Phoenix’s rise to big-deal rock band headliner status involved more active tweaking, not just perfecting the proof of their distillation to some pure old thing. Their early records are still shockingly unfussy in their Hall and Oates-y-ness. There’s no tasteful haze, no abstracting digital trickery, just earnest blue-eyed soul singing and soft rock bounce. If Toro Y Moi, or somebody, made Alphabetical two years from now it’d probably be hailed as the end point of an obvious arc, a thought finally completed. But it’s a funny starting point towards the slick, car commercial-strength New Wave that made them legitimately huge. You can’t quite reduce the hits on the band’s biggest record, Wolfgang Amadeus Phoenix to the aloof Strokes copying they’re sometimes accused of, and it’s not just because they don’t quite read as pure rock n’ roll. “1901” and “Lisztomania” would have been massive, career-reviving singles for the actual Strokes. It’d have meant that band was willing to clean up, write enormous hooks, and stop singing through a megaphone. They’re songs that felt instantly like a precariously occupied pinnacle. Stuff that sounds so easy is pretty hard to make.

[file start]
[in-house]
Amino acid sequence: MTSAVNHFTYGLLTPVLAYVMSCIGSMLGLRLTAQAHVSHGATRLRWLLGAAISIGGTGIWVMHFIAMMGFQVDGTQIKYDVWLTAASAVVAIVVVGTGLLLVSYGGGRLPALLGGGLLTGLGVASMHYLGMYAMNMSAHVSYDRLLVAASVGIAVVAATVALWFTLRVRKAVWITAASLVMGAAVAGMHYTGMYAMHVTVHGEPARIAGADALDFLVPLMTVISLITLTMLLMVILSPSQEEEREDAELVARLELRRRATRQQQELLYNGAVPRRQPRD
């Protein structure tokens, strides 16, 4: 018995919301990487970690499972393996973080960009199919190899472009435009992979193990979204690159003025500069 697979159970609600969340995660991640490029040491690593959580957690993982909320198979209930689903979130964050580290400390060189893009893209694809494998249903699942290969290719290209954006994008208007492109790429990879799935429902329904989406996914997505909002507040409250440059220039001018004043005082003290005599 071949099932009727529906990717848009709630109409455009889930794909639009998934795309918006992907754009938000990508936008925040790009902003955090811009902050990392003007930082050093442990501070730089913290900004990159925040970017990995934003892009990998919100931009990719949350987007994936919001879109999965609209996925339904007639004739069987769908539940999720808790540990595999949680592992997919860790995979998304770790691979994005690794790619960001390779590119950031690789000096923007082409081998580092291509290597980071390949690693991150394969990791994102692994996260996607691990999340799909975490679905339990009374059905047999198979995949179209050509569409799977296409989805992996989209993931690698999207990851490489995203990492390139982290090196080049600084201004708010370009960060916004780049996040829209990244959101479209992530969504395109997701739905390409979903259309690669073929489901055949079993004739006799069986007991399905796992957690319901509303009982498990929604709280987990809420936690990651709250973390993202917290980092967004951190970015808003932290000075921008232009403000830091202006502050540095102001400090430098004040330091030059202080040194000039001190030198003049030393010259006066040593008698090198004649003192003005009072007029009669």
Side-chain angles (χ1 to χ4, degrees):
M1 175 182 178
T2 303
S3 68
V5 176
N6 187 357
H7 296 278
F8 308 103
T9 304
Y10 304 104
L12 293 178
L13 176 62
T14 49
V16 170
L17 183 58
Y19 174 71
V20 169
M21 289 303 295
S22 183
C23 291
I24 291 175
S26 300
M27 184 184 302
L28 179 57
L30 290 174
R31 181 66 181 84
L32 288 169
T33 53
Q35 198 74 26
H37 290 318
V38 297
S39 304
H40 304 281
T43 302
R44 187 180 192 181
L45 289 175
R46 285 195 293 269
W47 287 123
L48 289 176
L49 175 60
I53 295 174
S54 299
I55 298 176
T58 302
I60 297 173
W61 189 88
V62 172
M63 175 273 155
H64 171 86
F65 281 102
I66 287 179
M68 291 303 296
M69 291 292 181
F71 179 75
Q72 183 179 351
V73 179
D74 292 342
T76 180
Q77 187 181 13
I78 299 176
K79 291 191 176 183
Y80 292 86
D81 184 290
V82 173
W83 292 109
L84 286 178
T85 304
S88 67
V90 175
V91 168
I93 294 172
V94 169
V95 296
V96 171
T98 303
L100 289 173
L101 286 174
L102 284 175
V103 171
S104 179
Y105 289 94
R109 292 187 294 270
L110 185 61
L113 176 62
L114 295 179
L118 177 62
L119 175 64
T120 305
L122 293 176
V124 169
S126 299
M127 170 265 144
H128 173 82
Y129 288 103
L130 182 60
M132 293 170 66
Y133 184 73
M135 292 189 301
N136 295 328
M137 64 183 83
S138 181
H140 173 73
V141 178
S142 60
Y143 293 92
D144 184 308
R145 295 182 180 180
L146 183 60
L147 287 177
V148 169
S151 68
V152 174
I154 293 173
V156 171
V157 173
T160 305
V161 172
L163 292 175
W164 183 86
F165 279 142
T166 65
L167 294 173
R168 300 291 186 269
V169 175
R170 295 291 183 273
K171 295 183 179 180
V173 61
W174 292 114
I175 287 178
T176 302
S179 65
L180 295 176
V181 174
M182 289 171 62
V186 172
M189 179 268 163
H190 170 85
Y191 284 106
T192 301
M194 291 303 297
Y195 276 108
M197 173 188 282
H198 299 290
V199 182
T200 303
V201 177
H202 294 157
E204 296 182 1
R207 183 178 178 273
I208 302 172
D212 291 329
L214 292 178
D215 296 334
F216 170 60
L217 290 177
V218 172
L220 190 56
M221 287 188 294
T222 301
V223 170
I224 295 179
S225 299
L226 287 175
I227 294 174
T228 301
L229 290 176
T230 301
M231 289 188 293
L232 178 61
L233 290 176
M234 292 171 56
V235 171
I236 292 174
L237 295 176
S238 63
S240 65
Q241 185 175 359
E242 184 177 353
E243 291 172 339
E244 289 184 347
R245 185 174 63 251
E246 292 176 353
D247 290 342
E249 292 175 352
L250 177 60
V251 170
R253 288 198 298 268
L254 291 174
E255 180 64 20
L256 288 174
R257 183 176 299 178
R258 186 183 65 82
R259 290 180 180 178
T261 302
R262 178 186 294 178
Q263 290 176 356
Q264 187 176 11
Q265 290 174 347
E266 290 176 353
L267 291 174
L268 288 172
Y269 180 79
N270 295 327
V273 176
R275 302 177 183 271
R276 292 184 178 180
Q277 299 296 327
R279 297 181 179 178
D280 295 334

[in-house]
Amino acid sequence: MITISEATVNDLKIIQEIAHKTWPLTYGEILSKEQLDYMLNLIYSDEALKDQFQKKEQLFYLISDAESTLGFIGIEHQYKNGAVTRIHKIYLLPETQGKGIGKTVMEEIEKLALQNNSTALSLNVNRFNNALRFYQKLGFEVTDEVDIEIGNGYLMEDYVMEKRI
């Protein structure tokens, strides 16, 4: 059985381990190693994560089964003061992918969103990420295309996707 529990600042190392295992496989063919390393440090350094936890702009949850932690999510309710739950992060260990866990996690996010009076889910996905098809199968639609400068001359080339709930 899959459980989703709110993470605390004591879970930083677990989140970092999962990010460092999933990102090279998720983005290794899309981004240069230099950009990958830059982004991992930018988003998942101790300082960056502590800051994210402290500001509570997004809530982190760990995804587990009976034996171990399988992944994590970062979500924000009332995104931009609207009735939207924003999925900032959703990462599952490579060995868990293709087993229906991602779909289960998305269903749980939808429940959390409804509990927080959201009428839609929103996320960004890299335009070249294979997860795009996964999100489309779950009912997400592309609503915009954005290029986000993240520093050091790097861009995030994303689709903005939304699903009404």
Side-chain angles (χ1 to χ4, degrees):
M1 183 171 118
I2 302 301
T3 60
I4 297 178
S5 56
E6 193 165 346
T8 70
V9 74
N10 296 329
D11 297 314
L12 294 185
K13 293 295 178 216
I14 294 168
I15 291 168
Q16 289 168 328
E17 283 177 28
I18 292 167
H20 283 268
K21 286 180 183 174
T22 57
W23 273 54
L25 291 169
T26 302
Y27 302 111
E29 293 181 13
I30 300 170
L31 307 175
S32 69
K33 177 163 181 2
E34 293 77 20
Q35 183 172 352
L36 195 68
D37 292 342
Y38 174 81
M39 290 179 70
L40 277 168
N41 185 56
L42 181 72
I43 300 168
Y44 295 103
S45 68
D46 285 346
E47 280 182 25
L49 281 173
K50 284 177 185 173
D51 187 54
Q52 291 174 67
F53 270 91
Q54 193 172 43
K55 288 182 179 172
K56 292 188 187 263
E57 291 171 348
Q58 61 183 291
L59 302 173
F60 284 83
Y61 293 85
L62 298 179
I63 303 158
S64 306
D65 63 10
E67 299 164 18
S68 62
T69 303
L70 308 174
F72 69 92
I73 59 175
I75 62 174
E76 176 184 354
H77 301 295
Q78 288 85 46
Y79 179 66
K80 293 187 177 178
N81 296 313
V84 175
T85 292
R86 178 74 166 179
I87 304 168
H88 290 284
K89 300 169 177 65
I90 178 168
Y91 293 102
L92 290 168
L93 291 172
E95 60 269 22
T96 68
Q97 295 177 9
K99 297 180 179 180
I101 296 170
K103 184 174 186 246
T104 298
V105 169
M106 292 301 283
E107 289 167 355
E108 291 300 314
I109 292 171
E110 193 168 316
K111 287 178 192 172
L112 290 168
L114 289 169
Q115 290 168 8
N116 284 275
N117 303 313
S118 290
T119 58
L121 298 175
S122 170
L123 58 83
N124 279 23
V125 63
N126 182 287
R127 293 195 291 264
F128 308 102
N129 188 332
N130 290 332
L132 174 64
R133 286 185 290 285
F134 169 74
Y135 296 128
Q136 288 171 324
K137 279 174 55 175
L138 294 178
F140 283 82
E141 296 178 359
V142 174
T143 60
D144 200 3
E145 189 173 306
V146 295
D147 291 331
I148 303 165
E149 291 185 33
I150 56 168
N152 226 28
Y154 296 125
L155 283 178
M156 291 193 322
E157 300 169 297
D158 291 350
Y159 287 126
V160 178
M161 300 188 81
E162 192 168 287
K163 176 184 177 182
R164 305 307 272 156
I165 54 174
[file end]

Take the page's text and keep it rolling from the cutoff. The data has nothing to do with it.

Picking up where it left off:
The band’s new album, Bankrupt!, is the moment where their success is a set part of the story, where they’re forced to comment on the curiosity of their moment, even as they seek to continue it. Its first single, “Entertainment”, starts on aggressively tinny “Turning Japanese” synths. Intentionally or not, it makes me think back on that bit in Lost in Translation where their single “Too Young” is playing at a party, as the jet-lagged movie star and the ingenue dance in a weed-fogged Tokyo apartment in the blush of mutual affection. Even if the critics didn’t yet agree, Phoenix were meant to signify underground hipness in that scene, quick shorthand for possibility lurking in places you wouldn’t know to look. This new record tries to recast them as world-weary Bob Harris-es, caught up in a festival and late-night TV circuit they can barely comprehend. It’s a strange, ill-fitting sort of ennui. Daft Punk try again and again to get you out of your head. Phoenix now seem stuck in theirs.